Hundreds of opposition supporters and rights activists rallied peacefully in Belgrade on Thursday to protest the replacement of two deputy prosecutors who were investigating a high-profile corruption case.
The protest comes as Serbia vies for European Union membership by proving it can root out corruption and organised crime, as well as reform the judiciary and the rule of law.
The two deputy prosecutors, Bojana Savovic and Jasmina Paunovic, last week said senior prosecutor Nenad Stefanovic removed them from investigating an embezzlement case in the state-run EPS electro power utility company. The investigation led to the arrest of six suspects charged with misappropriating $7.5 million.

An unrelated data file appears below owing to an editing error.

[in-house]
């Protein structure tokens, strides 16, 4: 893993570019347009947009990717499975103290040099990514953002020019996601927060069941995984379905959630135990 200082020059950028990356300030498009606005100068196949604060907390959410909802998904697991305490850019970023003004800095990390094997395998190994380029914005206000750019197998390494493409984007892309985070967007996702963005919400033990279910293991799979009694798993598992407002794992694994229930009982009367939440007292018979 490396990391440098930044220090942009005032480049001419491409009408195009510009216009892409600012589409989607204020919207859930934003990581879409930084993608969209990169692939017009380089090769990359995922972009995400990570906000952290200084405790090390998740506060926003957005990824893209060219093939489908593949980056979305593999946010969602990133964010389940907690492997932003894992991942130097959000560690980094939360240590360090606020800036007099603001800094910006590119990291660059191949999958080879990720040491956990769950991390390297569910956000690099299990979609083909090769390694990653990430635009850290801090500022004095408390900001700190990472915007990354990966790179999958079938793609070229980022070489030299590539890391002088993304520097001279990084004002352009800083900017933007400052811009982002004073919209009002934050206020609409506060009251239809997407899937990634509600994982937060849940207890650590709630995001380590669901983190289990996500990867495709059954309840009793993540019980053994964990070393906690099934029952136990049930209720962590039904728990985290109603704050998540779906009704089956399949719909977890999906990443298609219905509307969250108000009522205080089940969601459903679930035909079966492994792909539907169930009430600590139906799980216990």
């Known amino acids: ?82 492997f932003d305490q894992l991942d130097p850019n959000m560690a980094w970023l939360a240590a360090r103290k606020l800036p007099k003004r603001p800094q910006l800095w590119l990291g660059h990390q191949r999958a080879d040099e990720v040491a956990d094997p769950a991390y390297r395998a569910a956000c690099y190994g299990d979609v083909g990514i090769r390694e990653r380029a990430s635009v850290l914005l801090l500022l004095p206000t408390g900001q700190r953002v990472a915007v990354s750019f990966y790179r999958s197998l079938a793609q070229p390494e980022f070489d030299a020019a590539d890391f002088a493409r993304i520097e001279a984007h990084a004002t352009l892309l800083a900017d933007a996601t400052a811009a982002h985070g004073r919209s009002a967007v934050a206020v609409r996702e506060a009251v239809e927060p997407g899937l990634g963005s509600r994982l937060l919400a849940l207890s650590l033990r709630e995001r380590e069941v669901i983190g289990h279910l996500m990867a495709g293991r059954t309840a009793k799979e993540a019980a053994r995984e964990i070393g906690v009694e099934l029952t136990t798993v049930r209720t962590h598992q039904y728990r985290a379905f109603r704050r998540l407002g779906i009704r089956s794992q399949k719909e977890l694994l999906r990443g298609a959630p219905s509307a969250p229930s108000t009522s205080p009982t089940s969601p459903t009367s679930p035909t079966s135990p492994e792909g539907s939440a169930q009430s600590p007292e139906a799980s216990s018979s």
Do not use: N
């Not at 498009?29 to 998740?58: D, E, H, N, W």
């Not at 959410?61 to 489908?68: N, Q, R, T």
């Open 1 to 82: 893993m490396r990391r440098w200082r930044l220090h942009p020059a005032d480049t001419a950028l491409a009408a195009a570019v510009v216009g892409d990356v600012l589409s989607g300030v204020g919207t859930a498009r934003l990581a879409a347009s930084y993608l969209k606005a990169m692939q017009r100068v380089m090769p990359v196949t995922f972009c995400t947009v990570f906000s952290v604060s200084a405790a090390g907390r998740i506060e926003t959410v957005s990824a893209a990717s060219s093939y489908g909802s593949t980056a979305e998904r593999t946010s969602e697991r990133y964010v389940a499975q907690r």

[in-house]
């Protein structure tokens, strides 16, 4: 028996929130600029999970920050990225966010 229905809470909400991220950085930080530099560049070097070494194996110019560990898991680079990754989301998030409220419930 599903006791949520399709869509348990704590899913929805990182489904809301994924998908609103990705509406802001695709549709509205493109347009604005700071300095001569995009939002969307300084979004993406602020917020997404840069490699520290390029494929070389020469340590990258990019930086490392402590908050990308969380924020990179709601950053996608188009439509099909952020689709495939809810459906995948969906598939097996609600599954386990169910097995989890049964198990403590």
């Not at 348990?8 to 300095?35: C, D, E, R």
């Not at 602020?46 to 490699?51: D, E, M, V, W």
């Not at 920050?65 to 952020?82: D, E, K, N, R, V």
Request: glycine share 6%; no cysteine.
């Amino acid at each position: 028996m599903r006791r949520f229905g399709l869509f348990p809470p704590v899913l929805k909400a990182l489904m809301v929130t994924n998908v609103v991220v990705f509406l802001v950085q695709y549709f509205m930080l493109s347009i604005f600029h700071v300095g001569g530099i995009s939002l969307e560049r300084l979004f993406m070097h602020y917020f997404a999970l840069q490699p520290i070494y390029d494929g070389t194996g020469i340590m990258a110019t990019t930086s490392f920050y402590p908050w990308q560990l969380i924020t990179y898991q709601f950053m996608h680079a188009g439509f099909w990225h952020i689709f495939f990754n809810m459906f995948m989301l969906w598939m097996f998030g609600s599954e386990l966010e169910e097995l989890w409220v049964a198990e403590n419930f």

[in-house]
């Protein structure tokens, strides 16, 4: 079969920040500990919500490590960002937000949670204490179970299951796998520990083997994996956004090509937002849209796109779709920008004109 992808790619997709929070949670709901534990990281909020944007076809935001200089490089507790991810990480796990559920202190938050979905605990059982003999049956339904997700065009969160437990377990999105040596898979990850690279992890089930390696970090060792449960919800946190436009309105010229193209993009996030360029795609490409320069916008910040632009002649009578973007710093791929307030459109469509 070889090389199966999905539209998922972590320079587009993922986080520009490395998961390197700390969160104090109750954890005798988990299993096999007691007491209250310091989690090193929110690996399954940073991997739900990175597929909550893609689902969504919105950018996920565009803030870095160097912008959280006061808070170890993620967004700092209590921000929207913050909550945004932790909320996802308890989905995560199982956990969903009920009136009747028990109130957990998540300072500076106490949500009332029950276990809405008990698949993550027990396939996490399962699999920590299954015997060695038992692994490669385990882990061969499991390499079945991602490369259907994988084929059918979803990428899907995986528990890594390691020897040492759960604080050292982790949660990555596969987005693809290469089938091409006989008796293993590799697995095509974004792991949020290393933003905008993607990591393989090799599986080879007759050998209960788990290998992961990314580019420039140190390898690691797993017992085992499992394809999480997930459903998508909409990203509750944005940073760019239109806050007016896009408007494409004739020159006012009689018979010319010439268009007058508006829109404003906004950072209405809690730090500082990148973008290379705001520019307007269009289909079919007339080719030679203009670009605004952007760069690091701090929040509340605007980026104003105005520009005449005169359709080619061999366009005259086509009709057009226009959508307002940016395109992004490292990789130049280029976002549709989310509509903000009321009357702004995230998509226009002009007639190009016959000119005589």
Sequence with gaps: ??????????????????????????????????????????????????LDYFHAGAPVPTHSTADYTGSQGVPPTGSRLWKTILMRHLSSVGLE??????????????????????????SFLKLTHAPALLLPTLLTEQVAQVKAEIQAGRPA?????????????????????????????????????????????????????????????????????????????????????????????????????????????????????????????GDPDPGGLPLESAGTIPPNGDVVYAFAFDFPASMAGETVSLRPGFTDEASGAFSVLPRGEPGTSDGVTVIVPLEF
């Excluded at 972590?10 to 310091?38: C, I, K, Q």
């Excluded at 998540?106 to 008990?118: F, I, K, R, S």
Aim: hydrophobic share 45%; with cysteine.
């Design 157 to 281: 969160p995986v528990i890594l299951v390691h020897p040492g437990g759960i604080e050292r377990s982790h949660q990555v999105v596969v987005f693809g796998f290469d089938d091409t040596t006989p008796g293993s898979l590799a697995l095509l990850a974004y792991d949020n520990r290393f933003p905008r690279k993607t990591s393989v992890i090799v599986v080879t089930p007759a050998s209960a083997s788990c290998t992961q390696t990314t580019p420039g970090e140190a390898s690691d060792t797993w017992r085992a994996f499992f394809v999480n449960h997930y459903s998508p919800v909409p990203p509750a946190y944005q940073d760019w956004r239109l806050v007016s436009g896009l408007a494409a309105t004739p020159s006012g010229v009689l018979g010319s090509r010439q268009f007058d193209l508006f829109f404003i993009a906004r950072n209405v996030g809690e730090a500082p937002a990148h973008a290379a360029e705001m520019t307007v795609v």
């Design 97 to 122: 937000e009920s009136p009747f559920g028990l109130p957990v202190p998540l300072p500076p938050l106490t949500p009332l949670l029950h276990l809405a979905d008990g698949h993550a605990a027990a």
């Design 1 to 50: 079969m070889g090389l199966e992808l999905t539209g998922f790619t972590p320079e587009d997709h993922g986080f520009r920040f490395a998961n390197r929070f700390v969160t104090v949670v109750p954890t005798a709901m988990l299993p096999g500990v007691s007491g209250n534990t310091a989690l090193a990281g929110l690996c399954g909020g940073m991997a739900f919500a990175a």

In a statement, senior prosecutor’s office said the two have been reassigned due to slow work and because of their own requests.
The protesters who carried banners reading “Support to brave prosecutors” cheered as Cedomir Kokanovic, one of the organisers, said that Savovic and Paunovic must be reinstated.
He also demanded the sacking of Stefanovic and Zagorka Dolovac, Serbia’s state prosecutor.
“This is about the independent judiciary, (about) how it should be and not just a dead letter,” he said.
Opposition parties accuse President Aleksandar Vucic and his ruling Serbian Progressive Party (SNS) of autocracy, corruption, nepotism, ties with organised crime and the stifling of media freedoms. Both Vucic and the SNS have denied that.
“I came here to support these … prosecutors who had courage and strength to fight against the problem that grips this society,” said Janko Fejdi from the northern city of Novi Sad.
Last year Serbia adopted amendments to the constitution to depoliticise the appointment of prosecutors and judges. Both the EU and the U.S. welcomed the move.
International and domestic legal experts said the amendments were a step forward, but not enough to guarantee that the Serbian judiciary will be independent of political influence.